“While tools are rapidly being built with effective A.I.- and machine learning-based threat modeling and early warning capabilities, the cultural barrier of actually understanding and rapidly remediating findings is still present,” Landen Brown, field chief technology officer for federal at Symmetry Systems, told Dice. “Time and time again, we see new tools being made and purchased, while the findings of that tool are not acted upon or used to make positive change in the overall security posture.”

RSA’s Hughes noted that building secure code is one thing, but protecting against sophisticated nation-state groups is another matter. In his estimation, the White House still needs to invest more in defense and build up a skilled federal workforce that can counter these attacks.

“In the U.S., commercial software is endangered far more frequently by nation-states taking shots at our code than it is by birds mistakenly flying into our engines. We need to adjust our defense budget accordingly and be far more aggressive about disrupting cyberattacks,” Hughes added. “And that’s where I do see some promise in the cybersecurity strategy, which calls for disrupting and dismantling threat actors—and calls out some of the highest-frequency, highest-impact offenders by name.”

Zero Trust and Cloud

The cybersecurity strategy also notes that much of these new initiatives will be built around zero trust, a concept that seeks to re-enforce the principle of least privilege and to create a defense-in-depth security posture.

Currently, the Office of Management and Budget (OMB) is spearheading this effort to ensure many federal agencies adopt zero trust principles, including using multifactor authentication, deploying data encryption, investing in identity and access management platforms, creating better visibility into the attack surface and adopting cloud tools.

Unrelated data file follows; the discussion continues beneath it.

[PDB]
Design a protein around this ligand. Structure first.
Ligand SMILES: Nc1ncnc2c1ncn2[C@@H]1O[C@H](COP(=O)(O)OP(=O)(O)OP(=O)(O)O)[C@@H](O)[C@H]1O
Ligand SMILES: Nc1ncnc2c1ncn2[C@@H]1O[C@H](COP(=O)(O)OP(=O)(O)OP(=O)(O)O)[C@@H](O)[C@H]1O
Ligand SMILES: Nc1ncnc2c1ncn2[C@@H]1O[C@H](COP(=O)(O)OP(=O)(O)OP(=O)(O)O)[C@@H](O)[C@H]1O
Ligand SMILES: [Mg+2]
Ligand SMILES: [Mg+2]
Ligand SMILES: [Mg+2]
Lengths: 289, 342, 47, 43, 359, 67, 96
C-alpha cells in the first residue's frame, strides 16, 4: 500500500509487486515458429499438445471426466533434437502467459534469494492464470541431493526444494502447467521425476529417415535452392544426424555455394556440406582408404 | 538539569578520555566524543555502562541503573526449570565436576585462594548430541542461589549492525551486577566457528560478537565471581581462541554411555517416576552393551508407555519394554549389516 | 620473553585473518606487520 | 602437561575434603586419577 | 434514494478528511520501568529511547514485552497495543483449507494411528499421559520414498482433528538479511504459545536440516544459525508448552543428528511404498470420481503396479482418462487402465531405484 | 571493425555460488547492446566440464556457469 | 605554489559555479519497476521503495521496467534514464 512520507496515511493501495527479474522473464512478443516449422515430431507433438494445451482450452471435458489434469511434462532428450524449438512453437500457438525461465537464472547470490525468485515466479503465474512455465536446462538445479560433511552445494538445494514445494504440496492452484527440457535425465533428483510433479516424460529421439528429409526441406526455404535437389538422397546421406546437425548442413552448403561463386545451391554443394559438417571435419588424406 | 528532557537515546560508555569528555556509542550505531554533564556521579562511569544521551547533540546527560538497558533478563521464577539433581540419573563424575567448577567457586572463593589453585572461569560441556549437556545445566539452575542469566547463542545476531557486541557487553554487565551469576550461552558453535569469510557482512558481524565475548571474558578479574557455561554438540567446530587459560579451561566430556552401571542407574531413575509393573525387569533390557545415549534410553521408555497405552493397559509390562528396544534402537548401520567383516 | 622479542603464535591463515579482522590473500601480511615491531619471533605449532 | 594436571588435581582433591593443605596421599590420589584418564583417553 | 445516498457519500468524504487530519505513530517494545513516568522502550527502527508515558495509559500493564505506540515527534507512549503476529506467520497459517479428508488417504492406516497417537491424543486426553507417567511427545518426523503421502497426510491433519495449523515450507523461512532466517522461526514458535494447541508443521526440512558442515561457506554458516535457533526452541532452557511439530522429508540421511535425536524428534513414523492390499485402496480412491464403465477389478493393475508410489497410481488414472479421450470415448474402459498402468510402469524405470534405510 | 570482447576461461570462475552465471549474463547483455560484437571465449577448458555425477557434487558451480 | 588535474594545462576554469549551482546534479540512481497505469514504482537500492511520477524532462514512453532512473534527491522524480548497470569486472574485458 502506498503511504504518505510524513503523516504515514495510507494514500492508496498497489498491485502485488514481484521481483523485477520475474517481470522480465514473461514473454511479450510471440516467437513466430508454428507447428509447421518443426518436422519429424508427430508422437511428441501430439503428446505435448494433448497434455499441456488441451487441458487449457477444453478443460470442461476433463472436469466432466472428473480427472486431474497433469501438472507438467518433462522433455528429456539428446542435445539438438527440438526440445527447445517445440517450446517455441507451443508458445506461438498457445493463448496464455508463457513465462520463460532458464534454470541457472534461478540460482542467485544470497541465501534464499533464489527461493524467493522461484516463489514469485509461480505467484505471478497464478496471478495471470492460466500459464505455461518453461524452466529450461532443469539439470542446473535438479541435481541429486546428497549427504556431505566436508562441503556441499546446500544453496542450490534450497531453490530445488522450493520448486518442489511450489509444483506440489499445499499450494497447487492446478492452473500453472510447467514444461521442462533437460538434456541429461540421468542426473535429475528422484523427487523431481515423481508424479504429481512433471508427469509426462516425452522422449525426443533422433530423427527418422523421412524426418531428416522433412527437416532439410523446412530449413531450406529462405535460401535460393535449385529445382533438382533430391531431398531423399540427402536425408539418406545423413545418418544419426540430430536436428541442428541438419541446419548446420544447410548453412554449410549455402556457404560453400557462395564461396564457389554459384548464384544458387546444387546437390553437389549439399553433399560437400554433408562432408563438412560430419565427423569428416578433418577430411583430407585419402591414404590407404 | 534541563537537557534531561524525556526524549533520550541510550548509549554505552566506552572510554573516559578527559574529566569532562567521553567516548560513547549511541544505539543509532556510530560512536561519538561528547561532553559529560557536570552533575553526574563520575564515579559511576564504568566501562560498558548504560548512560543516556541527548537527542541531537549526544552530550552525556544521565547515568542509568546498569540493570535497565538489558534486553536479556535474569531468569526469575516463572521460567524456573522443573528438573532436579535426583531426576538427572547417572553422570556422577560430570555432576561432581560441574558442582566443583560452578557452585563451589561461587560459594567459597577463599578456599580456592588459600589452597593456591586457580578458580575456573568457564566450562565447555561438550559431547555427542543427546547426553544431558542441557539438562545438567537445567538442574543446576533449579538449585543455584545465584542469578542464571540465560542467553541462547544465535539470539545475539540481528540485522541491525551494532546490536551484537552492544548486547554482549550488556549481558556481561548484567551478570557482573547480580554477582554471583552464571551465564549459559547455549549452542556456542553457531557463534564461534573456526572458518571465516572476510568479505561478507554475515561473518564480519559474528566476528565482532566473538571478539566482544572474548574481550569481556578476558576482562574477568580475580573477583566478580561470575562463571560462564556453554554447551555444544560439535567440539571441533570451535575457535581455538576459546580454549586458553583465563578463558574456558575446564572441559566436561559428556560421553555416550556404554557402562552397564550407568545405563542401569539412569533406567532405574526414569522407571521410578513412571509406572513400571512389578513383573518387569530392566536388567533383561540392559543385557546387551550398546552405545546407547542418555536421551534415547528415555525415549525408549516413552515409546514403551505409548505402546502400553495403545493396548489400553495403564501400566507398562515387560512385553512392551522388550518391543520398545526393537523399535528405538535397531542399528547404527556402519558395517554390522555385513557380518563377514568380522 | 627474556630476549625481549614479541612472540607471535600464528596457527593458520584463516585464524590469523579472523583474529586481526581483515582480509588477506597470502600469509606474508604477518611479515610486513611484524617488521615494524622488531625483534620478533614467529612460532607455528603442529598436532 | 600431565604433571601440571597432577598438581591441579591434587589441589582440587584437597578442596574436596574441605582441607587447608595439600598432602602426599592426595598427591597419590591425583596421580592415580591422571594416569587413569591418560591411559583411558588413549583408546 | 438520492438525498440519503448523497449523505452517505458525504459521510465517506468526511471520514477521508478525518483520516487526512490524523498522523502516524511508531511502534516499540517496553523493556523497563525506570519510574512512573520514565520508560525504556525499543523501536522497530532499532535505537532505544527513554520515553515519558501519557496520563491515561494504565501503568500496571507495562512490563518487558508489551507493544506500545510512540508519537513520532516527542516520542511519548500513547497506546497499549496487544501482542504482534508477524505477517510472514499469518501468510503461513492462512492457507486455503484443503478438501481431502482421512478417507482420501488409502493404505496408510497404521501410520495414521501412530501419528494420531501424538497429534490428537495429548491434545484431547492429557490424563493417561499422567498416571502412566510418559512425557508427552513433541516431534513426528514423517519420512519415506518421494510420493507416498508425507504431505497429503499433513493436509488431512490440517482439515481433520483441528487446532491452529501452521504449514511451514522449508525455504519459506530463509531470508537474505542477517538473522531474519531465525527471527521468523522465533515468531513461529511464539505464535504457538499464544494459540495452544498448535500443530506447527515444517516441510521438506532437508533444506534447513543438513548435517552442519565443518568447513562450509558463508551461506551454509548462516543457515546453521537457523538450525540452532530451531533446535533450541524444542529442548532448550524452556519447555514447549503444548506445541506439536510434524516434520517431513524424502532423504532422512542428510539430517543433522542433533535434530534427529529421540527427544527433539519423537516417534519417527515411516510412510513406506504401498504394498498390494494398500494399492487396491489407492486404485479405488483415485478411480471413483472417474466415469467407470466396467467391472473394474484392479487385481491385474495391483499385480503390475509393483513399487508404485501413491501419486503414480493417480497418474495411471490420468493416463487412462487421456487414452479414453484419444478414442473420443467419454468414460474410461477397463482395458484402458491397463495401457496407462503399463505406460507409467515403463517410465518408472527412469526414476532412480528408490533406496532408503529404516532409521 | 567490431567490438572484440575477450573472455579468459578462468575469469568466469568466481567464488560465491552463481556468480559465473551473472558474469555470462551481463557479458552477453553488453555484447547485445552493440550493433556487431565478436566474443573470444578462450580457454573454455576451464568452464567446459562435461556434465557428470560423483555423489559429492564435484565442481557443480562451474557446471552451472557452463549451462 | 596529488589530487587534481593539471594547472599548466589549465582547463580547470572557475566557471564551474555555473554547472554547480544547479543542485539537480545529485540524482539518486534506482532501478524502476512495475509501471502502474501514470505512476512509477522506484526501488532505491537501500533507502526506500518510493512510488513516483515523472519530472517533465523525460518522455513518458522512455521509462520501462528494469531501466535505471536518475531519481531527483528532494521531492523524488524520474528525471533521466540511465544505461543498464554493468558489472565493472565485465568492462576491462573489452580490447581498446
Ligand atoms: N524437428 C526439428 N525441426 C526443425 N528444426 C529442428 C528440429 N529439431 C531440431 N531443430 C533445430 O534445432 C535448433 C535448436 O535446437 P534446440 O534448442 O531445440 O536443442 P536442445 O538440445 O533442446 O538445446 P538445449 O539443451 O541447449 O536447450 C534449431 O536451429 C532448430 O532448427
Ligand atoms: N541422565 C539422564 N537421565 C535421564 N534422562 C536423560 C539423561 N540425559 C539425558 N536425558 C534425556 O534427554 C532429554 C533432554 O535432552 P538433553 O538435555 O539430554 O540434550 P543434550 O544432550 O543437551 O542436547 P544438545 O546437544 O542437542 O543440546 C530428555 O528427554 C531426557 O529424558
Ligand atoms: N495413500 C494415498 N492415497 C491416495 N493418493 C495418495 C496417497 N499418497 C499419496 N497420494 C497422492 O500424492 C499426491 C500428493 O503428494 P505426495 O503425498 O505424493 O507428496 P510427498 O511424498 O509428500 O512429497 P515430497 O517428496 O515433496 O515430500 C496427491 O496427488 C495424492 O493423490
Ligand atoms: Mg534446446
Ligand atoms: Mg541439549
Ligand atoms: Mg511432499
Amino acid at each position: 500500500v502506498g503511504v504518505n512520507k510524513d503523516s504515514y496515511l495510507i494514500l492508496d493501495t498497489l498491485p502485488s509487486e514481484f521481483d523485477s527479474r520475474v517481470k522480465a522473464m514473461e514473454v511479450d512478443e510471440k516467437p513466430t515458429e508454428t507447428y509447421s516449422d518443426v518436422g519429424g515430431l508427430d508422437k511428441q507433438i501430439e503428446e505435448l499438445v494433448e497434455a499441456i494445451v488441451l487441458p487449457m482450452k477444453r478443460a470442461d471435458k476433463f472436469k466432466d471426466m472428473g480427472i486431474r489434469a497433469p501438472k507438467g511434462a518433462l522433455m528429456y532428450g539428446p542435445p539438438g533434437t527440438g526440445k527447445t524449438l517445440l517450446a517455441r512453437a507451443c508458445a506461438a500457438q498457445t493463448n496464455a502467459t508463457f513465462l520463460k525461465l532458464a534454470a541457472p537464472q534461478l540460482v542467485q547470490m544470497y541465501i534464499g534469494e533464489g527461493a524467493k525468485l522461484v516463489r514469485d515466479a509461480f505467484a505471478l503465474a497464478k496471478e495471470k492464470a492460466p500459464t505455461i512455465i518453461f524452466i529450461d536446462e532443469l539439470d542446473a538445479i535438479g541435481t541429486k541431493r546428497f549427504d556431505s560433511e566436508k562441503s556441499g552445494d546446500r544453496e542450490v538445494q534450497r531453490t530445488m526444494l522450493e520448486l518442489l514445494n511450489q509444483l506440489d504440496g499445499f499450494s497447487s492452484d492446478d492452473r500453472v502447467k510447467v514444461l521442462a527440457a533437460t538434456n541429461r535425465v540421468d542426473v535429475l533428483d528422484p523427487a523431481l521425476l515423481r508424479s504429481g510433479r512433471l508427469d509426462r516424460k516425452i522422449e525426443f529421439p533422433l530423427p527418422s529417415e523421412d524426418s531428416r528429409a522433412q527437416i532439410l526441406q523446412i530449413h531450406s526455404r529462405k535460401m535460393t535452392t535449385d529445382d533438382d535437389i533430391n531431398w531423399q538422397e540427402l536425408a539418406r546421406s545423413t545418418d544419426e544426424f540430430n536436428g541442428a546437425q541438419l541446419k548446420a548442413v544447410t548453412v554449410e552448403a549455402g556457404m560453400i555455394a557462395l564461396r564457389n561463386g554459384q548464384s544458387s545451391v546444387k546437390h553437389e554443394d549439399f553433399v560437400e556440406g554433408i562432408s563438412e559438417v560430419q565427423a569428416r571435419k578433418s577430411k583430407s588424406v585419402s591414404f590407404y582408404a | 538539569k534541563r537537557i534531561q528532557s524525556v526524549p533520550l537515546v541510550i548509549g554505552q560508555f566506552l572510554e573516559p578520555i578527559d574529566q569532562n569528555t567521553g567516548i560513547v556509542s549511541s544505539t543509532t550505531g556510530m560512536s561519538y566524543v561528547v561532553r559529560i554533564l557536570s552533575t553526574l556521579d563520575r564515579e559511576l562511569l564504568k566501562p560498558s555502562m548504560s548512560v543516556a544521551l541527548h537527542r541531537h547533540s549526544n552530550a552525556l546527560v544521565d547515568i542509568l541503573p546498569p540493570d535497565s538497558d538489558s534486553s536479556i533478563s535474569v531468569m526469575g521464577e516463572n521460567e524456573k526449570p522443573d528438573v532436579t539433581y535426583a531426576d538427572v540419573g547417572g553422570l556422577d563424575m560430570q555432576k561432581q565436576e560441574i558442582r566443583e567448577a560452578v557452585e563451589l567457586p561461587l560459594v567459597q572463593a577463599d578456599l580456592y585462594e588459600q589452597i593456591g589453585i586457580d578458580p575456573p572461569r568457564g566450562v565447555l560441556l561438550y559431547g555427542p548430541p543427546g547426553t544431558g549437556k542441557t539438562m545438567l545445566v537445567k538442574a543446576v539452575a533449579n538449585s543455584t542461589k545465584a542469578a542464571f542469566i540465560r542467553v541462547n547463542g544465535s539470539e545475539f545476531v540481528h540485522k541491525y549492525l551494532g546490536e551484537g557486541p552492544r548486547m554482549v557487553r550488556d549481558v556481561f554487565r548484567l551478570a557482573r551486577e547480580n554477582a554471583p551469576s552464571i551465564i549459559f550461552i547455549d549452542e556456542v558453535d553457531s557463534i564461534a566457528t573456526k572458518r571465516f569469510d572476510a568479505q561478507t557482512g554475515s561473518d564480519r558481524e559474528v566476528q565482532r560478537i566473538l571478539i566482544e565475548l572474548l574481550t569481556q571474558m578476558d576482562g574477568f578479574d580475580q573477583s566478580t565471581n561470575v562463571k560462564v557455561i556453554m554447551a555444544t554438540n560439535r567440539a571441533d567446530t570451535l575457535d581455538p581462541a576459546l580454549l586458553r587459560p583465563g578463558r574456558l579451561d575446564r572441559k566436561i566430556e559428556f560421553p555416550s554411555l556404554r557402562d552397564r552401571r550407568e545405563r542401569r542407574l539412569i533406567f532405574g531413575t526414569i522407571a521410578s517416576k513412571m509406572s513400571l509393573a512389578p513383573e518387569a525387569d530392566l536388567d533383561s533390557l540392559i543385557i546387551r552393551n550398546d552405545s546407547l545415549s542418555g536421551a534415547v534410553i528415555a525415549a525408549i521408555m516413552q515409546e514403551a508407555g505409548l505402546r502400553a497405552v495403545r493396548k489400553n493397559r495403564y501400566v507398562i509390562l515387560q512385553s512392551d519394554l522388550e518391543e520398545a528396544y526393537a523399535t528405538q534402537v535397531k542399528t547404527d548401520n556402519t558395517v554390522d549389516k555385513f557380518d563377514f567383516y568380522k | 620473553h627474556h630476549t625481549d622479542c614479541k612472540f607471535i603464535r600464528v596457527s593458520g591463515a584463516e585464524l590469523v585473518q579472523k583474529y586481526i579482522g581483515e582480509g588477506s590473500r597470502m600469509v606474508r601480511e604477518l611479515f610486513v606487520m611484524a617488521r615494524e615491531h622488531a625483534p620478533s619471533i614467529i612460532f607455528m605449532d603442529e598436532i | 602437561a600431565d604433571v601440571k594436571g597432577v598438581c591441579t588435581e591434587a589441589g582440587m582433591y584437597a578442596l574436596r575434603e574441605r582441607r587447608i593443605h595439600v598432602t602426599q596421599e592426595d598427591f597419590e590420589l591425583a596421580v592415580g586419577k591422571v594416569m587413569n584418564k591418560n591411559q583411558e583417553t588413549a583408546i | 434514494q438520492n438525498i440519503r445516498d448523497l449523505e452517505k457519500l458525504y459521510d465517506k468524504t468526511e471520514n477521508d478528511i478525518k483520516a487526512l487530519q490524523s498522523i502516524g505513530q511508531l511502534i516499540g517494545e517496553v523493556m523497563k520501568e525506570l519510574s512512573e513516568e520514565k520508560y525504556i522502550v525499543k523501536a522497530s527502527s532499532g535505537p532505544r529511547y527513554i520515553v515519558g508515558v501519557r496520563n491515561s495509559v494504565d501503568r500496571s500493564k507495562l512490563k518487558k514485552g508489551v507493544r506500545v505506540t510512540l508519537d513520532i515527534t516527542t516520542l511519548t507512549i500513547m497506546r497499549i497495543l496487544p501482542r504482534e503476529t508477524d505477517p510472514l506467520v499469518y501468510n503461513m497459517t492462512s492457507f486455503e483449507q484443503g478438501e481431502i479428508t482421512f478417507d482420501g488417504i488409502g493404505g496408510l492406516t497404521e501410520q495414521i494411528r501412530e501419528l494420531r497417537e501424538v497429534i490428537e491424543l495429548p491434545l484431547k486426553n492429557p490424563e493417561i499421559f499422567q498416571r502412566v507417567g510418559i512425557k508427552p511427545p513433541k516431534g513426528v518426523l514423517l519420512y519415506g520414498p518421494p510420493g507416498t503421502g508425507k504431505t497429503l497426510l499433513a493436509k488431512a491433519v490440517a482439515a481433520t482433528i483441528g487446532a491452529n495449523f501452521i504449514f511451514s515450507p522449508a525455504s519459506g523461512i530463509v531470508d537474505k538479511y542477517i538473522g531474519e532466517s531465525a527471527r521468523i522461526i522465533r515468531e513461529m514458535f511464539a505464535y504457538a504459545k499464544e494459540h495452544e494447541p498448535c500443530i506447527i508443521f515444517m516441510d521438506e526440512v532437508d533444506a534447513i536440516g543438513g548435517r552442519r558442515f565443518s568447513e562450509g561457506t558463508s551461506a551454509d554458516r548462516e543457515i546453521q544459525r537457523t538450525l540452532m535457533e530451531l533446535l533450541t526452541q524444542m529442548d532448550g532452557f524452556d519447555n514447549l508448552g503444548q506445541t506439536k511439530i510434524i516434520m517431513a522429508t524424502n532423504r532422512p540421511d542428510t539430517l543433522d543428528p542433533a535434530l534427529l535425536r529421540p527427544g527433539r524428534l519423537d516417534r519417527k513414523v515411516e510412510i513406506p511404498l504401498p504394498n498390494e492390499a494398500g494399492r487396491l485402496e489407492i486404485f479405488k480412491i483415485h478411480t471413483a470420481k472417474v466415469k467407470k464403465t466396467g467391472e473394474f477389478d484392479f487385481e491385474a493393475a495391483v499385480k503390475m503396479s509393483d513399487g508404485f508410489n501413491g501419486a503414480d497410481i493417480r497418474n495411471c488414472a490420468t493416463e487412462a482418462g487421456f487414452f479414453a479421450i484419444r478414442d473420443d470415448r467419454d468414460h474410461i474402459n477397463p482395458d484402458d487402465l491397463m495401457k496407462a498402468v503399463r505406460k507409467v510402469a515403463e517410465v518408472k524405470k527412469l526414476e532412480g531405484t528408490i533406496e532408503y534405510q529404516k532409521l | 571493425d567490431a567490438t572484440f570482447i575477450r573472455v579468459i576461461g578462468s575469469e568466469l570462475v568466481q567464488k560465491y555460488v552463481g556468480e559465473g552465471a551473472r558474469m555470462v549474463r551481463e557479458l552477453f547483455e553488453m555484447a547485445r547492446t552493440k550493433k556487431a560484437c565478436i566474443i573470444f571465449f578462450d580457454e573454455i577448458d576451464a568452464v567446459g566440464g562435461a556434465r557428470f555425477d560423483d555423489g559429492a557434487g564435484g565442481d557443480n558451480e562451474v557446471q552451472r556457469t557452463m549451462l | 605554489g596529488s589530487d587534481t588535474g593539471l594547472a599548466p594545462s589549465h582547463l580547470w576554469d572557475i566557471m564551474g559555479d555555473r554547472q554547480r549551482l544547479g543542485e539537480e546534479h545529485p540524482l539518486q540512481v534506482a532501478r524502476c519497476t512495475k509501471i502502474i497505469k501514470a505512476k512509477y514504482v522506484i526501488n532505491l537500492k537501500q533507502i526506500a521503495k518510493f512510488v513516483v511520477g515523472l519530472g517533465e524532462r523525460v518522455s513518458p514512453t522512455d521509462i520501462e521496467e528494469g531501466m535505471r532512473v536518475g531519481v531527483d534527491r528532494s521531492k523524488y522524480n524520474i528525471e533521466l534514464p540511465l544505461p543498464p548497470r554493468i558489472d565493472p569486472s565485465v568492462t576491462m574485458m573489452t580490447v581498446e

This means training not only a new generation of cybersecurity workers but also making sure IT and tech pros are much more security aware and that other employees know the risks, said Guillaume Ross, deputy CISO at security firm JupiterOne.

“It will be important to not only prioritize reducing the attack surface as much as possible but also to ensure developers, IT and even business and process management people integrate security into their own day-to-day,” Ross told Dice. “Improving the security skills of a million developers and IT workers would have a much better impact than training up a million new ‘security people’ from scratch.”

Keeper Security’s Guccione also noted that moving into areas such as zero trust and cloud will only increase the demand for these types of skilled practitioners.

“The federal push toward secure cloud services and implementing a zero trust security architecture through Executive Order 14028 will likely raise demand for cybersecurity practitioners with expertise in those specific areas,” Guccione said. “If America aims to lead the world in the innovation of secure and resilient next-generation technologies and infrastructure, as outlined in the strategy, the government must put its money where its mouth is, through continued investment and support. This strategy is a roadmap. Now, the real work begins.”